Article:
Do you ever notice the trees in your life — the ones you look to without thinking? When I was a girl, I’d look to the white pines that bordered our road. They reminded me of great kings and queens. I’d look to them when my dad’s headlights flashed a mile away.
Nowadays there’s an oak I look to in the corner of Peterson’s field. Its branches tilt as though a south wind permanently blows. It catches light, especially the golden light the sun throws at slate storm clouds. Sometimes a rainbow.
We have an elm that towers over our barn. The wind rocks her branches, and I see a big woman, her eyes closed, swaying as if to fierce prayers. She throws shadows on the barn and the mares.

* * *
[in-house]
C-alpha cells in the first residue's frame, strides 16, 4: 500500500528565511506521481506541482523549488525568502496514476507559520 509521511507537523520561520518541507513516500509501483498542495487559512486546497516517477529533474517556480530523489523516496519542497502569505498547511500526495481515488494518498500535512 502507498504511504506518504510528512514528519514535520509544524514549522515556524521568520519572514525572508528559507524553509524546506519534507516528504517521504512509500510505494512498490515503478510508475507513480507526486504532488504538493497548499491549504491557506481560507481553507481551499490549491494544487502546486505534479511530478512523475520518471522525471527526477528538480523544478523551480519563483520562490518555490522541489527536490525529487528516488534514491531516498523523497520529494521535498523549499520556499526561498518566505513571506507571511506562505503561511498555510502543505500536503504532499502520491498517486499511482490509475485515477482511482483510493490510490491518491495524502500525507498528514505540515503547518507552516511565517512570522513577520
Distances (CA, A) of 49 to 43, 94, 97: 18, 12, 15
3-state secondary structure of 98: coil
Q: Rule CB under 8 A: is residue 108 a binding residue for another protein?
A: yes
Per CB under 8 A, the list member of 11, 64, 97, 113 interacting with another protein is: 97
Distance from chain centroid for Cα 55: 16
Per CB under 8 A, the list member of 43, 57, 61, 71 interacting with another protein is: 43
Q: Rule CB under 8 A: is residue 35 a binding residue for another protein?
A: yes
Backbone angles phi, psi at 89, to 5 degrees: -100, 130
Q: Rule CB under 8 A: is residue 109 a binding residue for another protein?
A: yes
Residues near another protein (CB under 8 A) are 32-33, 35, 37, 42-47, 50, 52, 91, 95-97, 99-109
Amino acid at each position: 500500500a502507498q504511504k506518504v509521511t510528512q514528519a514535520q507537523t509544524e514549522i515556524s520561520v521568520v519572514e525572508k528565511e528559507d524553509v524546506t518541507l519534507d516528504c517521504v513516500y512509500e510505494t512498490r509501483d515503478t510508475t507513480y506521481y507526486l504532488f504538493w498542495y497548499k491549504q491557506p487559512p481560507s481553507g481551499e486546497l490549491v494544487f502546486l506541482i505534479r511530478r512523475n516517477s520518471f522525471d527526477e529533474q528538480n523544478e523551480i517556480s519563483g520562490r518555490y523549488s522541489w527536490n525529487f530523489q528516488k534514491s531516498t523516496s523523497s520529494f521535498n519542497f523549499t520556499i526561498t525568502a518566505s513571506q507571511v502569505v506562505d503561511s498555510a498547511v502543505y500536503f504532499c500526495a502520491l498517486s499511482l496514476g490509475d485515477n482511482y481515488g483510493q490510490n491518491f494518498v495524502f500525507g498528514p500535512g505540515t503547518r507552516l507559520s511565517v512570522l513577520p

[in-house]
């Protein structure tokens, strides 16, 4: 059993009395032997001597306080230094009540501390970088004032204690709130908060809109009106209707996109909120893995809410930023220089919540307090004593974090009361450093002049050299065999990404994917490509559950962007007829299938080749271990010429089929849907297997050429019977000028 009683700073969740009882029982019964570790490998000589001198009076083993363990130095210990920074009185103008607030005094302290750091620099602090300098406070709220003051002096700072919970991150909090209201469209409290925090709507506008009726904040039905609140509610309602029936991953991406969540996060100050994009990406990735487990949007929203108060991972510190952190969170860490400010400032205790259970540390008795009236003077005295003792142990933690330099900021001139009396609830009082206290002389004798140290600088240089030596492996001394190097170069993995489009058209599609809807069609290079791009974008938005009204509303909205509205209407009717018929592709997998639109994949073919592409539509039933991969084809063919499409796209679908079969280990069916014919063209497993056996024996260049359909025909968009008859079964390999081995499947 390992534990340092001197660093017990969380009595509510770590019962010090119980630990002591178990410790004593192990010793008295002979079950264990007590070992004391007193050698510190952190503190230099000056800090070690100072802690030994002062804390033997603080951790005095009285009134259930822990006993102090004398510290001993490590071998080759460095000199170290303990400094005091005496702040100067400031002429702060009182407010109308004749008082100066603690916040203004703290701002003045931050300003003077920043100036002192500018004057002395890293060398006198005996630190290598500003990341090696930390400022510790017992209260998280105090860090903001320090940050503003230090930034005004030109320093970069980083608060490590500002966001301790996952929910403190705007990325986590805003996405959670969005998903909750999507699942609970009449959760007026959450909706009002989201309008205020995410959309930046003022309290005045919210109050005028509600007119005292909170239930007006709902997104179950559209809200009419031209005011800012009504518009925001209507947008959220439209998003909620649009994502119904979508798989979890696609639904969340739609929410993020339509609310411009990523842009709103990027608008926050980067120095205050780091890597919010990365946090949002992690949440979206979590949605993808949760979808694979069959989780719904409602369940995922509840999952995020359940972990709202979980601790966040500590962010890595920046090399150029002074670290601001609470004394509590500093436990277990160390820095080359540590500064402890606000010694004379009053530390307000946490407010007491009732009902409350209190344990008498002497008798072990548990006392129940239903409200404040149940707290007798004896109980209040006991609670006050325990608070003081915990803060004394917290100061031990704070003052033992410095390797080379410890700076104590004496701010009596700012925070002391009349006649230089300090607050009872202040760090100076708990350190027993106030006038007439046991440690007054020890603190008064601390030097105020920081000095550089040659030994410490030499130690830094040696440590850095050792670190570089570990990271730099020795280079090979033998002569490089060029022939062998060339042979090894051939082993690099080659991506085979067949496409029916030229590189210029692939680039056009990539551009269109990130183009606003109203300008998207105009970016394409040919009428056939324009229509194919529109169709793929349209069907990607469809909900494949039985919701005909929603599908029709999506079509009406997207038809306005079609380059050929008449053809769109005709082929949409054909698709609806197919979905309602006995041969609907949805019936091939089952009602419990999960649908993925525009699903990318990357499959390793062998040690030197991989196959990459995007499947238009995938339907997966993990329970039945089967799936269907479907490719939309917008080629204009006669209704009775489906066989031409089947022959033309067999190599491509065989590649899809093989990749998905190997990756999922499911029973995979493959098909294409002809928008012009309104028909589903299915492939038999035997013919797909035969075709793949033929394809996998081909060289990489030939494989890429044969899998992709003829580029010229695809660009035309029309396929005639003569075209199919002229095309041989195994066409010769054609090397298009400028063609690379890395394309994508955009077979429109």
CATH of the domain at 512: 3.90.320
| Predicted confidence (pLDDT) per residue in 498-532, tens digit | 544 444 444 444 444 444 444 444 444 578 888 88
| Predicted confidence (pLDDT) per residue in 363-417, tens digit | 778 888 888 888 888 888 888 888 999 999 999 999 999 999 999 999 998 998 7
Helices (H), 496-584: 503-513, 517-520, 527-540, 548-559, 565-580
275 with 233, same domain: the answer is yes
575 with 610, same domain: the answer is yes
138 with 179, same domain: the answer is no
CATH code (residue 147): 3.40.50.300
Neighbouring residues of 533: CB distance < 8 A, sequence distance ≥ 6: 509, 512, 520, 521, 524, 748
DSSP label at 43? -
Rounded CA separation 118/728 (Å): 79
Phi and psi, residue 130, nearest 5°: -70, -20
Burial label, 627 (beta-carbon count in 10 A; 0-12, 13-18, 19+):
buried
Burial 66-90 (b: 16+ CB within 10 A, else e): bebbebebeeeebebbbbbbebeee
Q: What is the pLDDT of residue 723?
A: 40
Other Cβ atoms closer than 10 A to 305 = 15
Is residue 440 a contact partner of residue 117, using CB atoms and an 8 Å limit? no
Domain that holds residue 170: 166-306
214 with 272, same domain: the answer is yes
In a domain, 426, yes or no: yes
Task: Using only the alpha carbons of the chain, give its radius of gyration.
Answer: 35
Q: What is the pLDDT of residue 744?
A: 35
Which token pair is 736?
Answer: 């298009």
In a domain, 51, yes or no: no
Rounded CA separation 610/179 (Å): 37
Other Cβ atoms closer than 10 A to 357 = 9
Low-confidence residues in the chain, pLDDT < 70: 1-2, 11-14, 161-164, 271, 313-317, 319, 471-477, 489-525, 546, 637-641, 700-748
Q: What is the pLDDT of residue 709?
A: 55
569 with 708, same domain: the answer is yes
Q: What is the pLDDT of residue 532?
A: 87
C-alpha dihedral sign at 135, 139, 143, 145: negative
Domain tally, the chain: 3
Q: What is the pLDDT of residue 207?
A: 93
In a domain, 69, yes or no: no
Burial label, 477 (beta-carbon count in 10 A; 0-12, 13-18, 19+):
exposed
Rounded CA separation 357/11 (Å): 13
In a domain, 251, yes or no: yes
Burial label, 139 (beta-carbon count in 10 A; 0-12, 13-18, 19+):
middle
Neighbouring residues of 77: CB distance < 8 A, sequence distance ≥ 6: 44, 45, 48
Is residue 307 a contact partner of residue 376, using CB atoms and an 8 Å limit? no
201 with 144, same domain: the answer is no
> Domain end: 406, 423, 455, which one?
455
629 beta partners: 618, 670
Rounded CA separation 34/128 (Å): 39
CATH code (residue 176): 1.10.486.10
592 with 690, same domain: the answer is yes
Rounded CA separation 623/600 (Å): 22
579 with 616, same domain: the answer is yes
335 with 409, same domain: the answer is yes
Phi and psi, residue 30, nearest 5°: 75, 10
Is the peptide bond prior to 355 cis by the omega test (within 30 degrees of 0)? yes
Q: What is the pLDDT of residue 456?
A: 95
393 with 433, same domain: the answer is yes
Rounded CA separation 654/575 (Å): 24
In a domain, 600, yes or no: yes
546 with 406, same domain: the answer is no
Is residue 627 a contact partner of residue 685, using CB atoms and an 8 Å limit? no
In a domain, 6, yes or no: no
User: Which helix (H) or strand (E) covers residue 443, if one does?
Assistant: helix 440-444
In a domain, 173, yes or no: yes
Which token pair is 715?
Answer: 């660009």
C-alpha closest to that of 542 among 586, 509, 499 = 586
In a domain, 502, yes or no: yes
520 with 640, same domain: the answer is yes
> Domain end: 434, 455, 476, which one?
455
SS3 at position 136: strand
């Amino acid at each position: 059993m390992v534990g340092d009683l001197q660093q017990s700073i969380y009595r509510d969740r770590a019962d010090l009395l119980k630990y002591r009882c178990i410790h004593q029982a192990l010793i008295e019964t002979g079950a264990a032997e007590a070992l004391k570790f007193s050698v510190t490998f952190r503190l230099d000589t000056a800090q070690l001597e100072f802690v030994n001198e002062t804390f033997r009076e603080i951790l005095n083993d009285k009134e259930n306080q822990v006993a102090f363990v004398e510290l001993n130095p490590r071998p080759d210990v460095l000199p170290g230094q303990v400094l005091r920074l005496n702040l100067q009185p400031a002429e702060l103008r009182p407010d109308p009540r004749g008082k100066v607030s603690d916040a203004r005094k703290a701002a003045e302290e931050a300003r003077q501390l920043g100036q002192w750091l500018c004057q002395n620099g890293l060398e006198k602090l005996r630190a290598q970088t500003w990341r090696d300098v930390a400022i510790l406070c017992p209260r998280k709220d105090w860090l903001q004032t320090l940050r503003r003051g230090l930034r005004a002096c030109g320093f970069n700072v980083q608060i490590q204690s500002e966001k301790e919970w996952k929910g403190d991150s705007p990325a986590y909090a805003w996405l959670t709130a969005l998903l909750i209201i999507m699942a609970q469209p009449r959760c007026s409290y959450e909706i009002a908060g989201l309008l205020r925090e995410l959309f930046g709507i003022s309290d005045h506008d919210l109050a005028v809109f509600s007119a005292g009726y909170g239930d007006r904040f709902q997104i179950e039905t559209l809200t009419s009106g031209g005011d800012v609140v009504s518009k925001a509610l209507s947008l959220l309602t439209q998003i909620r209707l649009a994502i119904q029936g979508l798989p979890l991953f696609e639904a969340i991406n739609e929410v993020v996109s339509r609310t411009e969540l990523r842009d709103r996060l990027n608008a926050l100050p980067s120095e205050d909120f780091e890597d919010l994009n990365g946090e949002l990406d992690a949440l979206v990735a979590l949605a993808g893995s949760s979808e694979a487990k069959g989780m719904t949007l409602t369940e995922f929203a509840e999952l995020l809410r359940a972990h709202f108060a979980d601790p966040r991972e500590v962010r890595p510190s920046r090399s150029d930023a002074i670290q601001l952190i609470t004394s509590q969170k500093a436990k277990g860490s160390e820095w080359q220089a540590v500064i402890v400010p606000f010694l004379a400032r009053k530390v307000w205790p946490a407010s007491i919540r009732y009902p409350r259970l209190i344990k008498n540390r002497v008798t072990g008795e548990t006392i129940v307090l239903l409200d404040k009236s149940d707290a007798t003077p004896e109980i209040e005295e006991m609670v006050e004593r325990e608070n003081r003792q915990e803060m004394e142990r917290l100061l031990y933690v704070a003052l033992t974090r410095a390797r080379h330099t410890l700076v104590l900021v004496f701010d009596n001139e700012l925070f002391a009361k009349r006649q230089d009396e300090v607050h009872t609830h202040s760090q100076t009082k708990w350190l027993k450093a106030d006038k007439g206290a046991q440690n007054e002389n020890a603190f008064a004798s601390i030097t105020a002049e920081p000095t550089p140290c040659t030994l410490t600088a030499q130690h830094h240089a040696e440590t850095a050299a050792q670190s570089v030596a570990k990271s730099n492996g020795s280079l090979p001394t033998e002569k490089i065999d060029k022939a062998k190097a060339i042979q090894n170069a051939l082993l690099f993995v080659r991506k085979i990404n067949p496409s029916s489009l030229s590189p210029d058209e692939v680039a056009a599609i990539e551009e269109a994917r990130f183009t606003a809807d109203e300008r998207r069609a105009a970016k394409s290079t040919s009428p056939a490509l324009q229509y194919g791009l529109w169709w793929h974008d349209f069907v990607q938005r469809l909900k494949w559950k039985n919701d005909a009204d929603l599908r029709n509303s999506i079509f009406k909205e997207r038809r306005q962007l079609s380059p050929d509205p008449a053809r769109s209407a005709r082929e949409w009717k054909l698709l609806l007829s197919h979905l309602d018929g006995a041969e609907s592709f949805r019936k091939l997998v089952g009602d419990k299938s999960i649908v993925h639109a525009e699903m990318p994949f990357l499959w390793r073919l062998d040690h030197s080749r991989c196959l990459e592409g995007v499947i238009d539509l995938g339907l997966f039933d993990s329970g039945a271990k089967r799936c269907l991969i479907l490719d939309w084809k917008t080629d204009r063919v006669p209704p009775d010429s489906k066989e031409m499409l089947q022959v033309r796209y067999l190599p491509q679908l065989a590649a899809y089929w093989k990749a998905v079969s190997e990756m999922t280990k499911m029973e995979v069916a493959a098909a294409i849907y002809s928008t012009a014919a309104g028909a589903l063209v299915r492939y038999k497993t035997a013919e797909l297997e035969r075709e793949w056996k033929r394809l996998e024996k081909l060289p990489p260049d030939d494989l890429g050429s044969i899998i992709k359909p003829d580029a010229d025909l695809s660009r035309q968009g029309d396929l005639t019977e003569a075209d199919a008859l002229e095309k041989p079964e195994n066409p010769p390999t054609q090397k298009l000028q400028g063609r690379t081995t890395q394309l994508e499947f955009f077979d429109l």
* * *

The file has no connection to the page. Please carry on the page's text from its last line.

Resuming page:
A squirrel runs up a black walnut, across the branches until they become twigs. Then he crosses to the linden tree, which came from Berlin as a shoot in someone’s boot. I’ve heard an owl speak from that tree and been soothed to sleep by her call.
Christie Purifoy in Placemaker says, “Trees—even in the wilderness—are singing a song, but if we plunge ahead in accompaniment without first stopping to listen, and without letting ourselves be changed by the song, we may find ourselves leaving not beauty but crooked patios and poison ivy and heartbroken tears in our wake.” So today I urge you, look to the trees in your life, let them show you how to leave beauty in your wake.
I’m Katie Andraski and that’s my perspective.